Is it Difficult to Buy Property in Costa Rica?
The reality is, when working with the right team of professionals, the buying process is very quick and easy.
Foreigner Friendly Laws
Unlike some of the other countries, foreigners have the same rights when buying property in Costa Rica as locals do. You can own a property outright in your own name or in the name of your corporation. You do not need a local partner, except in cases of beachfront concession property, where special rules apply. There is absolutely nothing to prevent you from purchasing property in your own name, but the majority of buyers form a corporation with the help of a reputable lawyer and then purchase Costa Rica property through that corporation. The reason for this is threefold. One - it may be more beneficial to have your income (from rentals) or capital gain (from the sale of the property) taxed within a Costa Rican company rather than having it taxed as personal income. Of course, this depends on the tax laws of the country from which you originate. Two - it allows for simplified estate planning, whereby you can give or will shares of the corporation that owns the property to members of your family. Three - if you ever decide to sell your property, you can avoid paying property transfer taxes a second time by simply transferring the shares of the corporation to the new owner.
The Real Estate Registry
Another plus for those buying real estate in Costa Rica is its central land registry which allows your lawyer to confirm that there is clear title to your property, as well as to discern if there are any restrictions on the property before the deal goes through. Further, if you would like to have the added protection of title insurance, the services of international title insurance companies such as Stewart Title are now available in Costa Rica. Also attractive are Costa Rica's very low property taxes - 1/4 of 1% annually. That means if you buy a condominium or home with an assessed value of $200,000 the property taxes per year would be $500.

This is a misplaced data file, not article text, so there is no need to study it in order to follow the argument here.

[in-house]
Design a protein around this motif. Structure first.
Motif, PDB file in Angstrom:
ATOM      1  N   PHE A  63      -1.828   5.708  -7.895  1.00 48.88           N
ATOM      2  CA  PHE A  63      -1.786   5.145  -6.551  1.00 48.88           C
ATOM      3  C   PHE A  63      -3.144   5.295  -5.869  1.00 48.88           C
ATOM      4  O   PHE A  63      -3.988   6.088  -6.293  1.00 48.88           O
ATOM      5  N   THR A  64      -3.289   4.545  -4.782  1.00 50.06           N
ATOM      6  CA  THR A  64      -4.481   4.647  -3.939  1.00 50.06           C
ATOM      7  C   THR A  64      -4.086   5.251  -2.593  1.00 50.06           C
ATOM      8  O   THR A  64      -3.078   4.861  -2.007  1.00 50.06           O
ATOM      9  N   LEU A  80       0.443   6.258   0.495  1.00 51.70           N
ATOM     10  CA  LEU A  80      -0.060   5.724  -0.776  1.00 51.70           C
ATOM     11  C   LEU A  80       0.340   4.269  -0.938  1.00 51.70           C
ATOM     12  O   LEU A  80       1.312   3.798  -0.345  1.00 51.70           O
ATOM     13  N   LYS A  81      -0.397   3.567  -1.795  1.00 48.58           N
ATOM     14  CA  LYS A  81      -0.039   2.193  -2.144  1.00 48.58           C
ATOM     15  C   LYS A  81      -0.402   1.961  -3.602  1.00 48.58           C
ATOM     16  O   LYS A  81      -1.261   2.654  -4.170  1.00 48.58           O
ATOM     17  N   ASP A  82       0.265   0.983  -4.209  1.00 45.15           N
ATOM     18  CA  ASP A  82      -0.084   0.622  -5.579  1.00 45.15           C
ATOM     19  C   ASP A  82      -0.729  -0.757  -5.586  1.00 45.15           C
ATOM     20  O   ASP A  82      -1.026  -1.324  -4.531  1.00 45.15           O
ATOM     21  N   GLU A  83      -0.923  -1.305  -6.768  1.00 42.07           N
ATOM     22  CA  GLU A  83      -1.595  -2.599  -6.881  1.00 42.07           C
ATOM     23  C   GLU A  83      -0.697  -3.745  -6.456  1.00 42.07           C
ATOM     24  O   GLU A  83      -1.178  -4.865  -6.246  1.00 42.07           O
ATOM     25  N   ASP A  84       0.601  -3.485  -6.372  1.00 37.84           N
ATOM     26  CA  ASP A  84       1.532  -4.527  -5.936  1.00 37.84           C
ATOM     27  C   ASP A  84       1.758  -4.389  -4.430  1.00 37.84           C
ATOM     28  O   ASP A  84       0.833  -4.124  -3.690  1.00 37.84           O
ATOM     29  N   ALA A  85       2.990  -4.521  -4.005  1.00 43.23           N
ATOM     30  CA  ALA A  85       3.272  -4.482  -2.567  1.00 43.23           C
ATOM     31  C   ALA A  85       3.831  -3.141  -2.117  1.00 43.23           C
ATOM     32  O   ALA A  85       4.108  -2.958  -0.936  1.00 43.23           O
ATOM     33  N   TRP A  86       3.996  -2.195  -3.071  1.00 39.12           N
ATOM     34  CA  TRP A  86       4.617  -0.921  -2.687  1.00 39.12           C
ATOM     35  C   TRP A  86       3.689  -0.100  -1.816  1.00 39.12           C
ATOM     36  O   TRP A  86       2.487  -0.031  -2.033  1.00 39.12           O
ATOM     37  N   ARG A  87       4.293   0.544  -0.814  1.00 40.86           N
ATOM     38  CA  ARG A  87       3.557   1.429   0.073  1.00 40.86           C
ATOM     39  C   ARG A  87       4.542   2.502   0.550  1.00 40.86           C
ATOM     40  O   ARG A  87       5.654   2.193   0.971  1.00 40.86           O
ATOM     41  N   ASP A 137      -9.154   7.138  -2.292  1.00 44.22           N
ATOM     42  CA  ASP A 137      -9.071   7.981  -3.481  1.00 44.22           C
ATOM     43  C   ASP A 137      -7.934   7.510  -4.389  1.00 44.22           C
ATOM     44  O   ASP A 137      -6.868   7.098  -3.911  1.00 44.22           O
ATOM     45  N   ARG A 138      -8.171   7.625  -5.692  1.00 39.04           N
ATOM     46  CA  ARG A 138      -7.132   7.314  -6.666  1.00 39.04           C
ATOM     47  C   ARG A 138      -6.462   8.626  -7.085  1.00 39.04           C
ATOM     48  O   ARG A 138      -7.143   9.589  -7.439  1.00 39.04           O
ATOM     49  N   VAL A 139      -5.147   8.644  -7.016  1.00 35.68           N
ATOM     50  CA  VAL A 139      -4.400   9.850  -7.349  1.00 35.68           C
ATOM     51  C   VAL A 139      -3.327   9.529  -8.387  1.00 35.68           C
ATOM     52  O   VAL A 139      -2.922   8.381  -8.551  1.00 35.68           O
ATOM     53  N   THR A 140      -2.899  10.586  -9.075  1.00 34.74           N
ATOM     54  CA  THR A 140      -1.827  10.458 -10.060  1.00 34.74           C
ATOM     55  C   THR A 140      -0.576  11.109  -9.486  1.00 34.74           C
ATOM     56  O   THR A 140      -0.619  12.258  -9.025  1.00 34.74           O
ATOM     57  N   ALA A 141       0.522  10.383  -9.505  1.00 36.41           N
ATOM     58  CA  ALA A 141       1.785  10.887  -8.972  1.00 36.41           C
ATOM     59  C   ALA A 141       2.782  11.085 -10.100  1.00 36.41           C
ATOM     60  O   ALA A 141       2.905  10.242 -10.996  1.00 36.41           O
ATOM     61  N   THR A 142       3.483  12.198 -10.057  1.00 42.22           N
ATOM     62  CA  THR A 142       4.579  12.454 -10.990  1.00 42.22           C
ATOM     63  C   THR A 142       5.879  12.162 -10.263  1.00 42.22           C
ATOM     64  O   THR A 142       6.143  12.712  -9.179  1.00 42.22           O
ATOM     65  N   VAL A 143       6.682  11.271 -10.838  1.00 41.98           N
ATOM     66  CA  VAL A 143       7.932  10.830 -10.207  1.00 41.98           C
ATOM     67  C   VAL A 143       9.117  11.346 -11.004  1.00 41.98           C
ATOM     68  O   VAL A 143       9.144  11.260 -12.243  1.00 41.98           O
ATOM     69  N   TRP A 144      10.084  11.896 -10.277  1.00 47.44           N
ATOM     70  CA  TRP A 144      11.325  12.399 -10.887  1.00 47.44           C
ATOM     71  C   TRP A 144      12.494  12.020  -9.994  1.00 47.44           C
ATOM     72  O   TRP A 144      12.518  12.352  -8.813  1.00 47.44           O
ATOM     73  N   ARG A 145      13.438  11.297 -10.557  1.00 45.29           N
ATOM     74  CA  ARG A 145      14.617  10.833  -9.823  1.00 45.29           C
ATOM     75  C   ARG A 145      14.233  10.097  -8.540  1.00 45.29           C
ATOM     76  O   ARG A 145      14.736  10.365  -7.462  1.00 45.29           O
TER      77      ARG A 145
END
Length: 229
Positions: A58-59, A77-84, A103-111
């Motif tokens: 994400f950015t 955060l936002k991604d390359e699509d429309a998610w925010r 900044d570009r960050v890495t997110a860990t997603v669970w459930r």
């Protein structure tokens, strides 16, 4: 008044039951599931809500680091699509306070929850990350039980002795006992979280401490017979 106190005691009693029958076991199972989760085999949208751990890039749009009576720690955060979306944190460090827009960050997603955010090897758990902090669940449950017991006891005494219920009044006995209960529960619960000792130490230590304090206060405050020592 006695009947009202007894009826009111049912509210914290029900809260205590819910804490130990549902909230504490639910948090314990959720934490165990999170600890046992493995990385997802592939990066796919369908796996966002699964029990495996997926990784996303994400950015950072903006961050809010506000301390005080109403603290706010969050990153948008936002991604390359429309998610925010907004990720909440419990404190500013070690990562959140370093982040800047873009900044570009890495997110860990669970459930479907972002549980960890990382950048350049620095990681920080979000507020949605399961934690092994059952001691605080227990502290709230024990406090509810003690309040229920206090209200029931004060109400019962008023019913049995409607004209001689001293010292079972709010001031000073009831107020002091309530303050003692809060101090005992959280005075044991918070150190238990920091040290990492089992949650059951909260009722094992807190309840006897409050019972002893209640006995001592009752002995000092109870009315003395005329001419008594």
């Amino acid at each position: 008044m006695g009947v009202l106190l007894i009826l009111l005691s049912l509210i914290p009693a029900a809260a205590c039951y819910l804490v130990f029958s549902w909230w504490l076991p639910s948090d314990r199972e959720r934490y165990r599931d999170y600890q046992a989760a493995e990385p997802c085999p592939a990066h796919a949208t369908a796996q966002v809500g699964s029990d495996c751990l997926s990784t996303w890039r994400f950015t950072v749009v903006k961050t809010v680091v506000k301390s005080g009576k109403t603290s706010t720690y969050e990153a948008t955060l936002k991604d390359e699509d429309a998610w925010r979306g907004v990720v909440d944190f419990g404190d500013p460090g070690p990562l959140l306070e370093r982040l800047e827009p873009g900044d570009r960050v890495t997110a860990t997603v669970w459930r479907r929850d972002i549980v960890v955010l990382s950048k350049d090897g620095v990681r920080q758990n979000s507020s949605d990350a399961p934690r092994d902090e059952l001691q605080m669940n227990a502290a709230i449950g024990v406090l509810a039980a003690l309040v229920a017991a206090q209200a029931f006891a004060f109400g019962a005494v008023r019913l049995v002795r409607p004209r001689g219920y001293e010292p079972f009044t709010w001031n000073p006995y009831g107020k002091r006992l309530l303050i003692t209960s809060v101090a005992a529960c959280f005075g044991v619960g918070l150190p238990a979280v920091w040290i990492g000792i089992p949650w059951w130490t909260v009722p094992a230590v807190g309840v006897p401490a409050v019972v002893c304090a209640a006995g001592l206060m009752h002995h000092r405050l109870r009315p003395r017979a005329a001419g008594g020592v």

How to Choose an Agent
The actual nuts and bolts of purchasing are similar to those in North America. Dealing with a real estate company you recognize can provide additional security, since international franchises are governed by standard rules and regulations. More importantly, work with a realtor with a good reputation. One of the best ways to find someone you can trust is simply to ask around. Given that most communities in Costa Rica are relatively small, it won't take you long to come up with some names of reputable Costa Rica realtors in the area. Also, you should secure your own lawyer to represent your interests in a property purchase. Your lawyer should check the title on your property in the central registry, and can also assist with forming corporations, opening bank accounts and doing other business related to a land purchase.
How to Make an Offer on Real Estate
Like us, many foreigners who come to look at buying property in Costa Rica have already arranged their finances so that they are ready to make an offer if they find what they are looking for. But what can you do if you happen upon the perfect property while on vacation? An offer can usually be written up with a small good faith deposit to be raised to 10% within a few weeks. Final closing would normally be anywhere from 30 - 60 days. If you need to borrow funds, it is far simpler and interest rates are usually lower in your home country. However, if your credit rating is impeccable, financing in Costa Rica may be available to you.